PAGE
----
Only a fraction of the potential has been tapped.'
For bankers, lending for efficiency is a new challenge.
Start small before investing big, book recommends.
February 27, 2008 —Imagine a world where developing countries use almost twice as much energy as they do now and greenhouse gases soar, pushing the planet toward catastrophic climate change.
That scenario could become reality by 2030 if developing countries, particularly fast-growing ones, don't curb their fossil-fuel needs, warns the International Energy Agency. It says the cheapest and fastest way to do that is by becoming more energy efficient.
"Everyone agrees energy efficiency is a win-win situation," says Bob Taylor, a World Bank energy economist and lead author of Financing Energy Efficiency: Lessons from Brazil, China, India, and Beyond, released today in Washington. "It reduces environmental impacts of energy use, it's clearly the cheapest way to go, it makes money, and it has huge potential."
But, as the book reveals, it takes years and a lot of effort to jumpstart energy efficiency in a developing country—or anywhere else. "Only a fraction of the potential has been tapped," says the book.
China, India, and Brazil as Big 3 of Developing World
The book focuses on China, India, and Brazil as three of the globe's top 10 energy consumers. The three countries hold 40 percent of the world's population and account for well over half of all energy demand by developing countries. By 2030, they'll be responsible for 42 percent of growth in energy demand worldwide.
Energy efficiency is critical in those three countries "for reasons of energy supply security, economic competitiveness, improvement in livelihoods, and environmental sustainability," says the book.
Around the world, many thousands of energy efficiency projects with potentially strong financial returns have not been tried. One reason is both businesses and banks have to be convinced that investing in more efficient boilers, waste heat recovery systems, or energy-saving lighting pays off enough to justify the cost and risk. Another is the special skill involved in packaging and delivering attractive (money-making) energy efficiency projects.
"It's not the kind of project a banker is used to," Taylor explains. "They're used to lending working capital or providing a loan for a new production line or a new factory, something concrete. Now you're asking for a loan to reduce your consumption—it's nebulous."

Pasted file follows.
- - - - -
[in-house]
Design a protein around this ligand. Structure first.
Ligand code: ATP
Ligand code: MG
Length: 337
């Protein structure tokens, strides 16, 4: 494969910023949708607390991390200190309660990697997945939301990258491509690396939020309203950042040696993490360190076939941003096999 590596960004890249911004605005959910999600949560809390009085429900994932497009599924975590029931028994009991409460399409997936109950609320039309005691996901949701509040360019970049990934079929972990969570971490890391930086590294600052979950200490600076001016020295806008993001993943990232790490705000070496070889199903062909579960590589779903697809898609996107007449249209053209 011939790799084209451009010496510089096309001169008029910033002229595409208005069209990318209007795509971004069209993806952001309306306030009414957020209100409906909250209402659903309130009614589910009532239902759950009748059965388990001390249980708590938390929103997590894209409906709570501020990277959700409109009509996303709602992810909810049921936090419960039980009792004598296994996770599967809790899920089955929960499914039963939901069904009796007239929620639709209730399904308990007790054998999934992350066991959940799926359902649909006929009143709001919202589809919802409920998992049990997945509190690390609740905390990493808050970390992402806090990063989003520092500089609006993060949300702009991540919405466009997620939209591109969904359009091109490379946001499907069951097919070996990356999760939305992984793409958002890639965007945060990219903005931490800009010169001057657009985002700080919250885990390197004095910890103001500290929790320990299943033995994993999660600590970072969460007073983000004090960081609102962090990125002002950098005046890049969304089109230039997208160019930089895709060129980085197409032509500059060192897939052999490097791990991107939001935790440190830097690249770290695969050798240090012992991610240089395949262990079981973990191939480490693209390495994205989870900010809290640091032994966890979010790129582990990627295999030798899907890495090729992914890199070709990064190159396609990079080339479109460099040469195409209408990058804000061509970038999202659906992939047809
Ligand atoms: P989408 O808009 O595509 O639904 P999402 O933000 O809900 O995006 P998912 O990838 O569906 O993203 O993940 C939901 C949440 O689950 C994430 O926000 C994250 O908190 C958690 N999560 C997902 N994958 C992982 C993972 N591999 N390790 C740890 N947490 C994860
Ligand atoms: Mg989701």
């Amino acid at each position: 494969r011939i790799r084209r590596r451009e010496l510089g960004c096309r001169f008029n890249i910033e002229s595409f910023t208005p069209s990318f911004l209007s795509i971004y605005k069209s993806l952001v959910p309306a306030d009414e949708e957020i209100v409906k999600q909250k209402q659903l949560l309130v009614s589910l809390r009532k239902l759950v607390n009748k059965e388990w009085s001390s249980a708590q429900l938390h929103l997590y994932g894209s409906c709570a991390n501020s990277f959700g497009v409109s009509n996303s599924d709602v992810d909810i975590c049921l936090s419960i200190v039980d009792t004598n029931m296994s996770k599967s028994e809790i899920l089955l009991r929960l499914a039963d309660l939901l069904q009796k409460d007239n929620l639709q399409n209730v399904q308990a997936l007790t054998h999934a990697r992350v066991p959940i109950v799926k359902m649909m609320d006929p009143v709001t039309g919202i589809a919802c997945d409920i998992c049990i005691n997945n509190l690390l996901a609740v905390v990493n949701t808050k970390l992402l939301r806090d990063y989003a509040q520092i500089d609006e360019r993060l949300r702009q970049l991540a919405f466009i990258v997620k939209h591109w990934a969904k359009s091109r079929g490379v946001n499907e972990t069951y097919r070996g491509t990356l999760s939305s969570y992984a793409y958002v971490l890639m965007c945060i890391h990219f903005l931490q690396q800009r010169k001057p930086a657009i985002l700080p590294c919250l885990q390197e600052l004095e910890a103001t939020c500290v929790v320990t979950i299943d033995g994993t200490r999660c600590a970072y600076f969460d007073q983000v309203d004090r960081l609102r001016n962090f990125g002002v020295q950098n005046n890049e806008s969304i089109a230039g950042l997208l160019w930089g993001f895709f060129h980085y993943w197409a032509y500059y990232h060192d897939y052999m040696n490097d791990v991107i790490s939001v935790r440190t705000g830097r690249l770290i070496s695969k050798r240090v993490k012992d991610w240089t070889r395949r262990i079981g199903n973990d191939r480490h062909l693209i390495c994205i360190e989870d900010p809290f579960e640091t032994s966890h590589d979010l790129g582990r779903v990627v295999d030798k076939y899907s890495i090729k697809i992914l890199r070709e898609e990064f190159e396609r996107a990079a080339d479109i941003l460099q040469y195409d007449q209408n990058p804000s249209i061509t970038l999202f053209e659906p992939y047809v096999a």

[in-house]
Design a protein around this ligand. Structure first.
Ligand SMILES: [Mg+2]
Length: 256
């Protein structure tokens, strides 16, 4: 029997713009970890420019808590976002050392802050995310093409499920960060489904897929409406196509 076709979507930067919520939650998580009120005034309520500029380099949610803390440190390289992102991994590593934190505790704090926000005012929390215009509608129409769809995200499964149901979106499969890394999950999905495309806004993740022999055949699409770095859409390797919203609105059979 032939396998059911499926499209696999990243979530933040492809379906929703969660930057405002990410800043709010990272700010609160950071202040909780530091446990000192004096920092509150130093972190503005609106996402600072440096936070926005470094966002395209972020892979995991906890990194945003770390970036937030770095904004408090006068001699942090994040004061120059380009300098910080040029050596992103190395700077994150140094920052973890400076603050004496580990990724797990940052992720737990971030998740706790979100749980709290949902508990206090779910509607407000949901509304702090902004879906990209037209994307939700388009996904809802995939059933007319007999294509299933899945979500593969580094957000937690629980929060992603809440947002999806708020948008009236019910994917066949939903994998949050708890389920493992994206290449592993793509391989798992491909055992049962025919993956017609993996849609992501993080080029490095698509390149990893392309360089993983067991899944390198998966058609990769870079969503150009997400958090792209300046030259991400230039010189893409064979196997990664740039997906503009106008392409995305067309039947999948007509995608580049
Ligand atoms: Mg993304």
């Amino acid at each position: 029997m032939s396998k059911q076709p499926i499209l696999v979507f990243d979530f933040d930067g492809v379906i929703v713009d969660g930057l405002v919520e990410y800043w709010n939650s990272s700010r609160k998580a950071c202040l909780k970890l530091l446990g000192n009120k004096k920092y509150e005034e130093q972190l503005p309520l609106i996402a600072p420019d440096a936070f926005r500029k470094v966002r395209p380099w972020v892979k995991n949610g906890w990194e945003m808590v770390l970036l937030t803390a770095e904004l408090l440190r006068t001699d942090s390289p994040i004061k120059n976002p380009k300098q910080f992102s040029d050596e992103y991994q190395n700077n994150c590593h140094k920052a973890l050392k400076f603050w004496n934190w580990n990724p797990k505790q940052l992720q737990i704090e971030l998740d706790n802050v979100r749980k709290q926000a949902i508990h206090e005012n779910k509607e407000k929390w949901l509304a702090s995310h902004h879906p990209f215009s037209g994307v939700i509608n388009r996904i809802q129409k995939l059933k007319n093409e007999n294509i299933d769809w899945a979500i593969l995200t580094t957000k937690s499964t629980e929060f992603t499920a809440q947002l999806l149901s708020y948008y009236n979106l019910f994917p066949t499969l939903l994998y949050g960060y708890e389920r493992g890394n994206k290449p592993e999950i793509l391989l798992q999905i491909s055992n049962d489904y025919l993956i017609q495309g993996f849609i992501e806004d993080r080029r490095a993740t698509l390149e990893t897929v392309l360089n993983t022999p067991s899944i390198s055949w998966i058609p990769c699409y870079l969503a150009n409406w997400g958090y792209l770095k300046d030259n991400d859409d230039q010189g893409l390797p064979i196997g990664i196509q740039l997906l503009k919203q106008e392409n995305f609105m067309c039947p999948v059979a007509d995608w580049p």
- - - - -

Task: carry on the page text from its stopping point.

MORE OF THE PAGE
In China, a commercially viable energy efficiency sector is now emerging after a decade of strong government support. In India, new bank lending programs for financing energy efficiency projects in small and medium certain industries are now ready to be scaled up. In Brazil, an energy efficiency fund derived from utility company revenues provides one platform for further improvements.
World Bank Is Part of Efficiency Initiative
The book draws extensively on the results of a multiyear, global technical assistance effort known as the Three Country Energy Efficiency Project, a joint initiative of the World Bank, the UN Environment Programme's Denmark-based Risoe Centre (URC), and partners in Brazil, China, and India.
It looks at the different ways of financing energy efficiency, including:
ESCOs (energy service companies) that work with businesses or governments to identify and design energy efficiency projects, arrange financing, and implement the projects.
Energy efficiency loan financing and loan guarantees to encourage commercial banks to lend money for energy efficiency projects.
Using energy distribution utilities to finance and implement an energy efficiency program.
The book emphasizes that any financing approach requires thorough knowledge of the local institutional environment and enough flexibility to adjust a program or customize it as it is being scaled up.
Thrust of Projects Should Be Profit, Book Says
And it warns that externally identified, development assistance-funded energy efficiency investments will never "fix" the problem by themselves.
"Much more can be done when such projects and programs are focused upon helping to develop markets that will spontaneously move toward finding energy efficiencies and fixing them as profit-making activity without a government official or an external export ever having had to be involved or even to think about it."
Besides China, India, and Brazil, Financing Energy Efficiency includes case studies of energy efficiency financial mechanisms used in Hungary, Romania, Lithuania, United States, Canada, and Sri Lanka.